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Adiponectin- one of the most important adipokines plays a pivotal role in carbohydrate and lipid metabolism and vascular biology. Changing food trend and lifestyle has tremendously affected the health status of Nepalese population. Studies have shown that between 1996 and 2006 obesity in Nepal has increased from 1.6% to 10%. Studies have been conducted in Nepal on the prevalence of obesity and its correlation with lipid profile. But based on our knowledge, this is the first study correlating adiponectin with obesity and lipid profile in Nepal. This piece of work will certainly help to assess the impact of obesity in Nepalese population.
Fifty four obese and Thirty six normal/lean participants were included from different locations of Kathmandu Valley. Anthropometric measurements like age, BMI, Waist circumference, hip circumference, waist to hip ratio, mid thigh circumference and chest circumferences were taken from each participant. Blood glucose, lipid profile and serum adiponectin levels were measured from overnight fasting samples.
Significant differences were observed in BMI, Waist Circumference, Hip Circumference, Waist to Hip Ratio (WHR) and Chest circumference between obese and normal groups. Fasting Blood Glucose, Serum Triglyceride, HDL Cholesterol, LDL Cholesterol, Total Cholesterol/HDL ratio, Non-HDL Cholesterol and Adiponectin Levels were significant between the groups. Inverse correlations were observed between adiponectin level and BMI, Waist Circumference, Hip Circumference, Waist to Hip ratio, Chest Circumference, Fasting Blood Glucose, Triglyceride, Total Cholesterol/HDL ratio, LDL/HDL Cholesterol ratio and Non-HDL Cholesterol levels. Positive correlation was found between adiponectin and HDL Cholesterol levels.
Our study showed significant inverse association of serum adiponectin with obesity and lipid profile parameters except for Serum HDL Cholesterol level in Nepalese population.
Obesity is a condition of abnormal or excessive fat accumulation in adipose tissue, which may lead to health impairment. Earlier, obesity was recognized as a problem of high income countries and only seen in adults, but more recently, it is seen to spread in low income countries and to children and adolescents. Seemingly simple energy imbalance in obesity is driven by a complex mixture of genetic, environmental, psychosocial and cultural factors. Obese people are at high risk of developing type 2 diabetes, coronary heart disease, hypertension, cancers (endometrial, breast and colon), metabolic syndrome (a combination of high blood sugar, high blood pressure, high triglycerides and high cholesterol), dyslipidemia (e.g., high total cholesterol or triglycerides), stroke, non-alcoholic fatty liver disease, gallbladder disease and gynecological problems (abnormal menses, infertility). Obesity may also accelerate cognitive decline and increase deficits in academic achievement.[4,5] The increased risk of diseases is due to the metabolic changes associated with obesity as pathogenic products are released from more larger and numerous fat cells.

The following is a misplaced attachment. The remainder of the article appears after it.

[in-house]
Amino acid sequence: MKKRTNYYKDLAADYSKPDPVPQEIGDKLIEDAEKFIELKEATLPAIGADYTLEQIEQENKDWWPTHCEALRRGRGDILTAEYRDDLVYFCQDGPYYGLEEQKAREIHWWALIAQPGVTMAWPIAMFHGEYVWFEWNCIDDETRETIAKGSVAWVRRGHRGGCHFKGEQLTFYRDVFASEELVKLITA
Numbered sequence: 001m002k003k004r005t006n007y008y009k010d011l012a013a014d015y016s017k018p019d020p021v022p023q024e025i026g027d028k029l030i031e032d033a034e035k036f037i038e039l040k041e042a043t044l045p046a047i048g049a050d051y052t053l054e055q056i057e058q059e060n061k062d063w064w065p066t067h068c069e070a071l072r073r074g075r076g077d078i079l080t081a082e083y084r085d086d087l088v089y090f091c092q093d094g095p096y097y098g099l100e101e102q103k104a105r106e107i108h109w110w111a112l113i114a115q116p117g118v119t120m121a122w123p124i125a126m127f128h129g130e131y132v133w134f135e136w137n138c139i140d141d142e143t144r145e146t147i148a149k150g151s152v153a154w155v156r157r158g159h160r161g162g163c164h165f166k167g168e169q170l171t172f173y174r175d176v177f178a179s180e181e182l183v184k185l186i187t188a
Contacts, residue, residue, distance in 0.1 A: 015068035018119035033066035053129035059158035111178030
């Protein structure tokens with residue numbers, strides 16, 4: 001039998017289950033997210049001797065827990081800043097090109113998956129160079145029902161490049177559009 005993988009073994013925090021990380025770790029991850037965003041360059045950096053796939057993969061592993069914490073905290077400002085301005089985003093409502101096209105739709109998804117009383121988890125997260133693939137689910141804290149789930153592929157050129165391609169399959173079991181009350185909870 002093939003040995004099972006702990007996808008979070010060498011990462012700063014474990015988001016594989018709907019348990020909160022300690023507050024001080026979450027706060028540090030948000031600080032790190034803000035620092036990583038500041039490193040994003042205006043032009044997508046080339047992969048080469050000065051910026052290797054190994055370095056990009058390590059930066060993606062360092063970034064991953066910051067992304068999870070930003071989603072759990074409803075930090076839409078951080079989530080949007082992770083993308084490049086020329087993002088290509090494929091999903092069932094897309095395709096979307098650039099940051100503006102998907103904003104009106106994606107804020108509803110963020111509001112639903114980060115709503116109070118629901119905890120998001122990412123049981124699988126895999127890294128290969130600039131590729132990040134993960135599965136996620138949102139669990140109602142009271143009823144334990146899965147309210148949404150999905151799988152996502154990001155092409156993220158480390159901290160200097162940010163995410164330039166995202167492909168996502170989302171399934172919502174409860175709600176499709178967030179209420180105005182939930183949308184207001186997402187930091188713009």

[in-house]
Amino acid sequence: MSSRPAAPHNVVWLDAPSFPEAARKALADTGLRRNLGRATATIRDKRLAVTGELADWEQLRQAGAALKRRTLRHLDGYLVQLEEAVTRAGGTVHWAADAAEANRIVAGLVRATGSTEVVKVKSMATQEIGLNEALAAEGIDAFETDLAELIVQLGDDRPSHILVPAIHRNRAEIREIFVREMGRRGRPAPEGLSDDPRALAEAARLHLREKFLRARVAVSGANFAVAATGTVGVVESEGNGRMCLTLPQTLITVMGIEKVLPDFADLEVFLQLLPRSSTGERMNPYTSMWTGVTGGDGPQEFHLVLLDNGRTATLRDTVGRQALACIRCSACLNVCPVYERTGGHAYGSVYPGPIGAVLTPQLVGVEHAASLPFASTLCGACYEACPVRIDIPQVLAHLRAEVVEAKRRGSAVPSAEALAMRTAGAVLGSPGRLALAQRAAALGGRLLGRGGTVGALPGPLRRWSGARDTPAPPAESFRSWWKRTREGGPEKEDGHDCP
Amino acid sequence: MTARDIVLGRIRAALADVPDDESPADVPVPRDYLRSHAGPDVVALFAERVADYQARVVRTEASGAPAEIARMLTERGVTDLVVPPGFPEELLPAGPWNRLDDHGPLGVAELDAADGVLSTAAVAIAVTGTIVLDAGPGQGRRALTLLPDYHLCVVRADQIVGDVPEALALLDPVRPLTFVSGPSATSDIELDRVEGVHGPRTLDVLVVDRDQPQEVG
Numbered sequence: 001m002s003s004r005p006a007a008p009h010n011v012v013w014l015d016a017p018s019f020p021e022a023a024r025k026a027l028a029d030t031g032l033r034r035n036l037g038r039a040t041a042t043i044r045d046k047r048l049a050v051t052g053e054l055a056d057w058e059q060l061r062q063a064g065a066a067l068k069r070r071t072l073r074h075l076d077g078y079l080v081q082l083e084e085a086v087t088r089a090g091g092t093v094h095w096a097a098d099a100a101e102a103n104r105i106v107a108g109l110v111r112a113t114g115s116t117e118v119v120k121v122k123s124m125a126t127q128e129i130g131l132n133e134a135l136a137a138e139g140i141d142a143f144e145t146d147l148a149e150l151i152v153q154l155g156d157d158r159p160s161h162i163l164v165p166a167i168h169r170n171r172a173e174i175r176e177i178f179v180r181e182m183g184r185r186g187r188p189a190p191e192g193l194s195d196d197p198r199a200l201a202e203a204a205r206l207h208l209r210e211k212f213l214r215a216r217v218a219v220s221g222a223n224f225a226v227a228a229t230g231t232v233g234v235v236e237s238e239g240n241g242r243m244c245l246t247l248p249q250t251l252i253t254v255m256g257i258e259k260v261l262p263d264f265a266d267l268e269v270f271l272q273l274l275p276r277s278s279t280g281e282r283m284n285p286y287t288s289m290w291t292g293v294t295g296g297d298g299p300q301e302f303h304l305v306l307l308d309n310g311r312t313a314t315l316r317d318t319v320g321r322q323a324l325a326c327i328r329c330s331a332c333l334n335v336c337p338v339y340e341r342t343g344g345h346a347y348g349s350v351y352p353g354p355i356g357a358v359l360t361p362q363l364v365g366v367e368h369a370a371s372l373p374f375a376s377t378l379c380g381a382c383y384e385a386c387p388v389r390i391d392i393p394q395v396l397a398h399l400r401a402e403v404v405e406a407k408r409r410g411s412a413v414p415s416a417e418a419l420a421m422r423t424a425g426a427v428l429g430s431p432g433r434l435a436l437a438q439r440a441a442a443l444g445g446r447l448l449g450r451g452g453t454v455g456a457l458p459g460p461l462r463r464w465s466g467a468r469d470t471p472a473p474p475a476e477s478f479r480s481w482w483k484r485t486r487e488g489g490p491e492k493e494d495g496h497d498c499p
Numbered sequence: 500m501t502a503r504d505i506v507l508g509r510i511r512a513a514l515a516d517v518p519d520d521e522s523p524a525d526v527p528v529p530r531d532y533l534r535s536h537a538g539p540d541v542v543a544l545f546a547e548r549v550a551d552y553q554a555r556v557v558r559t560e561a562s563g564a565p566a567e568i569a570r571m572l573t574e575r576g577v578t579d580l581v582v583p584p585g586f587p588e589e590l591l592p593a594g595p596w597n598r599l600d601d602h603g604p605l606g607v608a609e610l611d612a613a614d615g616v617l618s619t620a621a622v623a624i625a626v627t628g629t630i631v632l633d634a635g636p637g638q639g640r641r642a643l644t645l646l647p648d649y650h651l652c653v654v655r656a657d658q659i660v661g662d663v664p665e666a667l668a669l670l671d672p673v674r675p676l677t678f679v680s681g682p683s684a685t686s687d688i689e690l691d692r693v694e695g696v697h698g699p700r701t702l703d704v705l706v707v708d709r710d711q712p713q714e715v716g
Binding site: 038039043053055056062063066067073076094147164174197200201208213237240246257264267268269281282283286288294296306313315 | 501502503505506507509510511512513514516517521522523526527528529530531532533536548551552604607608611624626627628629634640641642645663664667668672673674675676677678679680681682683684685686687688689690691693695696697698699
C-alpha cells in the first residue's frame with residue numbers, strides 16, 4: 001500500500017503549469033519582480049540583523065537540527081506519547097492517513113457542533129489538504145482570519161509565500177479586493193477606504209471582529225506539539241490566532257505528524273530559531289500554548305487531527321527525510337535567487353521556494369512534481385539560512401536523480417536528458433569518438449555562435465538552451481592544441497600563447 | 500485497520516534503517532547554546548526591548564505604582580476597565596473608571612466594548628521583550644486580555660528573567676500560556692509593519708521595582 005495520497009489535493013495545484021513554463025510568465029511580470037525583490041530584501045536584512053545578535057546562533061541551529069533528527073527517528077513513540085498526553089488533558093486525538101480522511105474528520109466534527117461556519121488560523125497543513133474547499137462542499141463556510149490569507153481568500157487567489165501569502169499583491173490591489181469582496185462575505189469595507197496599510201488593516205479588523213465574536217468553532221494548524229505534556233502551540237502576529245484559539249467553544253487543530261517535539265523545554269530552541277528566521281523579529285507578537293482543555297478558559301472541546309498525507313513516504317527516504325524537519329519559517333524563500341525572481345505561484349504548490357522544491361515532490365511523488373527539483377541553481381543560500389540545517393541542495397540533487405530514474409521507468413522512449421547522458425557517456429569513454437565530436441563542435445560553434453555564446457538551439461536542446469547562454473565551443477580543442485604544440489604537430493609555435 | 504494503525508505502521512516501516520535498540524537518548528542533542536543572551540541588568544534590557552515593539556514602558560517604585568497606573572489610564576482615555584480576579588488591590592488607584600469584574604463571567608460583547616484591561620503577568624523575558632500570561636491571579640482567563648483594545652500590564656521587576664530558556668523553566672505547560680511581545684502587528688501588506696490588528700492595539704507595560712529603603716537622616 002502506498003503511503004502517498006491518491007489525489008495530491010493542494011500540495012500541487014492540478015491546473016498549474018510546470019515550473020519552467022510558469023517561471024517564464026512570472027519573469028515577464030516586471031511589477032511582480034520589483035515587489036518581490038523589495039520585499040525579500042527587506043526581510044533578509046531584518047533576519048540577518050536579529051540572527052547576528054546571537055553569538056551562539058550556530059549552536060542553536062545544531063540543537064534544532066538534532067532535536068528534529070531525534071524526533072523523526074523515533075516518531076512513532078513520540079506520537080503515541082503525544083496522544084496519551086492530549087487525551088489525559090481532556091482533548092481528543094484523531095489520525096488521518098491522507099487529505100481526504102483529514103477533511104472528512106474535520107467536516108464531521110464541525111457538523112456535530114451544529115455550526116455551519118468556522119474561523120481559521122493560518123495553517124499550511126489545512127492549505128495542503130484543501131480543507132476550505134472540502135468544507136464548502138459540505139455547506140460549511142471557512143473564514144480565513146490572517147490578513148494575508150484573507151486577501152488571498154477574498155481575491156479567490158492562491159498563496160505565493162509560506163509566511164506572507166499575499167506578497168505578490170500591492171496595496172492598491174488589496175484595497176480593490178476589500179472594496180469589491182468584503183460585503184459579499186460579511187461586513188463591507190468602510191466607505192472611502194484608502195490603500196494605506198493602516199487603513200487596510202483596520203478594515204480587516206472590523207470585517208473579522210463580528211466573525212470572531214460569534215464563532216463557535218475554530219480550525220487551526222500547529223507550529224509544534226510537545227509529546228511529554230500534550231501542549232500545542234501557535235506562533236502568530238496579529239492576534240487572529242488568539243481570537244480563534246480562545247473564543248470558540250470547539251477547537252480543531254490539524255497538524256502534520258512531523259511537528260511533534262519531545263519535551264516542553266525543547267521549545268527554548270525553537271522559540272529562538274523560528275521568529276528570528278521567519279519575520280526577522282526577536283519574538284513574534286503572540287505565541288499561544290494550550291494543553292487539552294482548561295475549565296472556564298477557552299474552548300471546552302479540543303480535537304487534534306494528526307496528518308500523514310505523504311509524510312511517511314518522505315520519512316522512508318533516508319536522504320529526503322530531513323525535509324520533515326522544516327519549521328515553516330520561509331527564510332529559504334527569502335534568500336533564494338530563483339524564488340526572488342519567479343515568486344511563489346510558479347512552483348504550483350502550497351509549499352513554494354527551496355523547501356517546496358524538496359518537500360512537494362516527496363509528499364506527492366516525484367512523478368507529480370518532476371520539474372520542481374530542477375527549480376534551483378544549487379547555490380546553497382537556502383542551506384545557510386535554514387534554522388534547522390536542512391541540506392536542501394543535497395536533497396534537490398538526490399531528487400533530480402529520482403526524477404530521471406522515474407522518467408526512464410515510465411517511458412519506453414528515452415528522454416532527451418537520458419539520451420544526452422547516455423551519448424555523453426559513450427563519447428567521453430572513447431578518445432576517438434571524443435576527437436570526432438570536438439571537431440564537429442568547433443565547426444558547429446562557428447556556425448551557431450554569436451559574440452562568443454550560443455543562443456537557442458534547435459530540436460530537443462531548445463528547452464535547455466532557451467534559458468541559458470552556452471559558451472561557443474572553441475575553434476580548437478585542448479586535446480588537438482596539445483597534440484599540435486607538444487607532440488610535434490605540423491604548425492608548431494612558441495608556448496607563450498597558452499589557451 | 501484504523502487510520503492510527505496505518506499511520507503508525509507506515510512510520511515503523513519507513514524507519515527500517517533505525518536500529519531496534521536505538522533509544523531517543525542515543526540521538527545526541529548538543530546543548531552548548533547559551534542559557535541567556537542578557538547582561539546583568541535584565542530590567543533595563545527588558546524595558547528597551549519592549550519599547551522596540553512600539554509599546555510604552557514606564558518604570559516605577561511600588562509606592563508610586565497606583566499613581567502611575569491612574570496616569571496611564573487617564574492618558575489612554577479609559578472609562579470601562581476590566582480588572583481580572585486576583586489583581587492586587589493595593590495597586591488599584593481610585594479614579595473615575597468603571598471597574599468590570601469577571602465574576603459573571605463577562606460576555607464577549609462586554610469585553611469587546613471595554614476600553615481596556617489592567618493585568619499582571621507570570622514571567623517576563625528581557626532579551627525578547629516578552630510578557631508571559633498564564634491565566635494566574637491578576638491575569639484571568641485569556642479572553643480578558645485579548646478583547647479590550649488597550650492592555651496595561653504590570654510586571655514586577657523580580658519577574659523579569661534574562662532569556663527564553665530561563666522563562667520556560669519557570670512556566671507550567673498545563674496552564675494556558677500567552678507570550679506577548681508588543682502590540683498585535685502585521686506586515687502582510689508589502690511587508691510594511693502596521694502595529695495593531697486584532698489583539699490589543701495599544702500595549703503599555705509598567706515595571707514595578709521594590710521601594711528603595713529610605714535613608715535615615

Adipose tissue communicates with different biological systems through expression of a large number of bioactive mediators termed as “adipokines” and thus actively participates in the regulation of various biological functions. One of the most important adipokines, i.e. adiponectin has been found to be involved in multiple biological processes in the human body. It was the first adipose tissue derived peptide observed to be dysregulated in obesity.
Adiponectin is a 244-amino acid-long polypeptide, collagen like protein that is exclusively secreted by adipocytes and acts as a hormone. Adiponectin plays a pivotal role in carbohydrate and lipid metabolism and vascular biology. It regulates various metabolic processes through its stimulatory effects on signaling pathways for 5’-adenosine monophosphate-activated protein kinase (5’- adenosine monophosphate-activated protein kinase [AMPK]) and peroxisome proliferator activated receptor gamma (PPAR-g). It is a major modulator of insulin action and resistance and helps in the prediction of development of type 2 diabetes.[13,14,15] Adiponectin is also found to possess substantial anti-inflammatory properties. Furthermore, adiponectin is also associated with lipid metabolism causing higher values of high density lipoprotein (HDL) cholesterol and lower values of triglycerides.
Changing food trend and life-style has tremendously affected the health status of Nepalese population. Studies have shown that between 1996 and 2006 obesity in Nepal has increased from 1.6% to 10%. Studies have been conducted in Nepal on the prevalence of obesity and its correlation with a lipid profile. However based on our knowledge, this is the first study correlating adiponectin with obesity and lipid profile in Nepal. This piece of work will certainly help to assess the impact of obesity in Nepalese population.